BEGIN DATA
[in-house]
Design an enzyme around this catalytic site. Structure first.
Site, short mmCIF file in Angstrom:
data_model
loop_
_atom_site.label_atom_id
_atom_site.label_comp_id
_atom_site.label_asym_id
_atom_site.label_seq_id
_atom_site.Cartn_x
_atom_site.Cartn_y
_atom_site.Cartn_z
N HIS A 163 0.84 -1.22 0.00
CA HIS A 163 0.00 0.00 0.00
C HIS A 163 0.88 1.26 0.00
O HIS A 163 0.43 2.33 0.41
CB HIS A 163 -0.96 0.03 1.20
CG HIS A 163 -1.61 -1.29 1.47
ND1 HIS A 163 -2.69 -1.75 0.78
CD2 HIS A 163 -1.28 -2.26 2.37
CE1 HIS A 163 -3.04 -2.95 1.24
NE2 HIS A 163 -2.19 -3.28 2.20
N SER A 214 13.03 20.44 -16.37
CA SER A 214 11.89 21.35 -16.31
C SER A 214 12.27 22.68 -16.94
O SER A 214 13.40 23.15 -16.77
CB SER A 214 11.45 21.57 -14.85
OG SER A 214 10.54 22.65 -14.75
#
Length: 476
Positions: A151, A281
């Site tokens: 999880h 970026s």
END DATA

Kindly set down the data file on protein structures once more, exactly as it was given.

[in-house]
Design an enzyme around this catalytic site. Structure first.
Site, short mmCIF file in Angstrom:
data_model
loop_
_atom_site.label_atom_id
_atom_site.label_comp_id
_atom_site.label_asym_id
_atom_site.label_seq_id
_atom_site.Cartn_x
_atom_site.Cartn_y
_atom_site.Cartn_z
N HIS A 163 0.84 -1.22 0.00
CA HIS A 163 0.00 0.00 0.00
C HIS A 163 0.88 1.26 0.00
O HIS A 163 0.43 2.33 0.41
CB HIS A 163 -0.96 0.03 1.20
CG HIS A 163 -1.61 -1.29 1.47
ND1 HIS A 163 -2.69 -1.75 0.78
CD2 HIS A 163 -1.28 -2.26 2.37
CE1 HIS A 163 -3.04 -2.95 1.24
NE2 HIS A 163 -2.19 -3.28 2.20
N SER A 214 13.03 20.44 -16.37
CA SER A 214 11.89 21.35 -16.31
C SER A 214 12.27 22.68 -16.94
O SER A 214 13.40 23.15 -16.77
CB SER A 214 11.45 21.57 -14.85
OG SER A 214 10.54 22.65 -14.75
#
Length: 476
Positions: A151, A281
């Site tokens: 999880h 970026s």